Space Station Info >> Regions Where Comets
Regions Where Comets Are Found
Comets are found in two main
regions of the cosmos: the Kuiper belt and the
Oort cloud. Short-period comets -- comets that
frequently return to the solar system -- probably
originate from an area called the Kuiper belt.
This belt is located within the solar system's
ecliptic plane, beyond the orbit of Neptune. Astronomers
found the first object in the Kuiper belt in 1992.
Since that discovery many objects have been discovered
within that region. These objects are usually
small compared with planets. Their size ranges
from 10 to 100 kilometers in diameter. Earth's
diameter, for example, is 14,000 kilometers.
The Hubble Space Telescope may have detected
a population of small comets dwelling in this
region in space. Based upon the Hubble observations,
astronomers estimate that this belt contains
at least 200 million comets, which are thought
to have remained essentially unchanged since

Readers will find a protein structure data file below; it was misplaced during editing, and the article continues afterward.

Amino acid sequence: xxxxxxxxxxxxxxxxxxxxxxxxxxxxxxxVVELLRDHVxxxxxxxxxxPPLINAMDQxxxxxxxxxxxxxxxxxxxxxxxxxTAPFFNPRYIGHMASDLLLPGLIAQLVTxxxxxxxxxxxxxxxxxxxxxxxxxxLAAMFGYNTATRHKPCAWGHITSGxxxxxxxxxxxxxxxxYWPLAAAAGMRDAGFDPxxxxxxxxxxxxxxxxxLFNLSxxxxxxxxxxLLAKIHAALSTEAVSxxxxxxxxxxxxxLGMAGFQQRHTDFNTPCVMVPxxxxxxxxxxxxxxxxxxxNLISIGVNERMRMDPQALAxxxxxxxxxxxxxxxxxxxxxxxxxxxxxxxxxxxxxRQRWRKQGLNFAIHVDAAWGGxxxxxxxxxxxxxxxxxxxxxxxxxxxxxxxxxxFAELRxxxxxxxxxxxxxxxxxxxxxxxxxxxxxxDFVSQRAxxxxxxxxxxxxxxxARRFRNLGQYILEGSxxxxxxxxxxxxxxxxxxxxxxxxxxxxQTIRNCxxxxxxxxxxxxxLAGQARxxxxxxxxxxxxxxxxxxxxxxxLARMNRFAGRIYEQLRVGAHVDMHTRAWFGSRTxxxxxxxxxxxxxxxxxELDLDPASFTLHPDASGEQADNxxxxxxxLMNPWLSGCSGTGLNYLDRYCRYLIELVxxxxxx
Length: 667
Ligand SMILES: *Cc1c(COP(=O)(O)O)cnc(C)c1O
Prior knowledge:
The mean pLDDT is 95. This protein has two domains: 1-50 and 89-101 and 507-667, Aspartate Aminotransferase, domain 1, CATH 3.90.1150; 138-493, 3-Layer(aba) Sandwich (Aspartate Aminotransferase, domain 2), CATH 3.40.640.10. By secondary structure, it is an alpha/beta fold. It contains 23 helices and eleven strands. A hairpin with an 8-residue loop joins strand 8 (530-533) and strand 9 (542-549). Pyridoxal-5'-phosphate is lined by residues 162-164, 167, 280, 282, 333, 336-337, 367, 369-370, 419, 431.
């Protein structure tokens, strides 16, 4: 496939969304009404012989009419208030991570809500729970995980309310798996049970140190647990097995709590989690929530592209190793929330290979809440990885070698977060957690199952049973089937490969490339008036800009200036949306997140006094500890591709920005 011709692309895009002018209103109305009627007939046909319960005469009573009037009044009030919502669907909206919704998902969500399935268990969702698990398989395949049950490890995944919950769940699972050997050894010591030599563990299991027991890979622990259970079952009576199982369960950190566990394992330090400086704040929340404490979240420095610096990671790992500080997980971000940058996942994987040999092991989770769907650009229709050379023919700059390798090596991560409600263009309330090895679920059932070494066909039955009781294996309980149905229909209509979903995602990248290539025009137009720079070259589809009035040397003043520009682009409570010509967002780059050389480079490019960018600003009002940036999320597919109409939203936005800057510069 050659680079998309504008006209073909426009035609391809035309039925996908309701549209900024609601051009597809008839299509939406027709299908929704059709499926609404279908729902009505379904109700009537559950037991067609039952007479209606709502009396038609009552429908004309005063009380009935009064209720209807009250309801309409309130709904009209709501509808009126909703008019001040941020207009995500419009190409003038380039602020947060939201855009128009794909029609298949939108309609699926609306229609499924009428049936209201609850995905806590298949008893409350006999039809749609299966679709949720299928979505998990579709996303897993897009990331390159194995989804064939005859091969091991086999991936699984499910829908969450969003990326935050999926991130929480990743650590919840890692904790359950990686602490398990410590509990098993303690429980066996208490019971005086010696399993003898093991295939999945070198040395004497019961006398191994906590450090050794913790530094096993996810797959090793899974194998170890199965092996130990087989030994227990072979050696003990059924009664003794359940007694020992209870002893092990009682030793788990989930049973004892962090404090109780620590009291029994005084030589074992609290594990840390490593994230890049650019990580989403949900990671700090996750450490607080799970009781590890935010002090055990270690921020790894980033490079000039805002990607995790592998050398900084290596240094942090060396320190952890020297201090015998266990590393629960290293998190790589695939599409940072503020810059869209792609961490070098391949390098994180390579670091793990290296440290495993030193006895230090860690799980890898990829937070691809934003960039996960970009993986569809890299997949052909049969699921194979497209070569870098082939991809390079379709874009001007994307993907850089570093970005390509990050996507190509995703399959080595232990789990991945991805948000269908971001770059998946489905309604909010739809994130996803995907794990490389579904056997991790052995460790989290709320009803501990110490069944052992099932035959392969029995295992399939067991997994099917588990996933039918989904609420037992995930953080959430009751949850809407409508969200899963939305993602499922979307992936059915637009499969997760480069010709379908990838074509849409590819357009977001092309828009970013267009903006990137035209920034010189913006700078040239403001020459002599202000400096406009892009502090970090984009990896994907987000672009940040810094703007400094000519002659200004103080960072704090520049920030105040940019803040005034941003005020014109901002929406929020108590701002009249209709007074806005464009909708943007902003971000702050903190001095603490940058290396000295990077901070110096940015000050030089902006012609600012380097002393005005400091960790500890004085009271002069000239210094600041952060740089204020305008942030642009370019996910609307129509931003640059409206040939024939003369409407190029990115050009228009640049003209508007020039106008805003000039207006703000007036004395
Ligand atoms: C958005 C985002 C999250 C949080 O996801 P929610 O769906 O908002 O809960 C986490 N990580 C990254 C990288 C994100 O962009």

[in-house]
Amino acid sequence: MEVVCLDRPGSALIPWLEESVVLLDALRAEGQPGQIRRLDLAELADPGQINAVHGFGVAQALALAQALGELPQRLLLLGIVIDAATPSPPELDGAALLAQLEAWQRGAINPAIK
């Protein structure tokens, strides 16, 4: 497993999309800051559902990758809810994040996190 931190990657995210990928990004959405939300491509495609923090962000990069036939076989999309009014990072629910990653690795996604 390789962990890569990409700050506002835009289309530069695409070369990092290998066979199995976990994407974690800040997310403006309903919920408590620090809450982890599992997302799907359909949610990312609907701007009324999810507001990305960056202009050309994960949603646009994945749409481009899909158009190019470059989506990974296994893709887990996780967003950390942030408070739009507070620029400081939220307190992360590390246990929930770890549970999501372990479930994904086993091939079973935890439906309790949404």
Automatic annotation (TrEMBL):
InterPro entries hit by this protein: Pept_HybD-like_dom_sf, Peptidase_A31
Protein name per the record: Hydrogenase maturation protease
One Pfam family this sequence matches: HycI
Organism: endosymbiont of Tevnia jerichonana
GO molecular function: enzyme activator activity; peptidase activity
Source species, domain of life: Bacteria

the birth of the solar system 4.5 billion
Long-period comets are thought
to emanate from a vast, spherical cloud of
frozen bodies called the Oort cloud, named
for the Dutch astronomer Jan Hendrik Oort.
This cloud of comets, which also orbits the
Sun, resides in the farthest region of the
solar system, beyond Neptune and Pluto.
The Oort cloud objects are made
up of matter such as frozen ammonia (), methane
(), cyanogen (), water ice (), and rock. Infrequently,
a gravitational disturbance caused by a passing
star or an interstellar cloud causes one of these
bodies in the Oort cloud to begin a journey toward
the inner solar system, where it makes a transient
rendezvous with our Sun.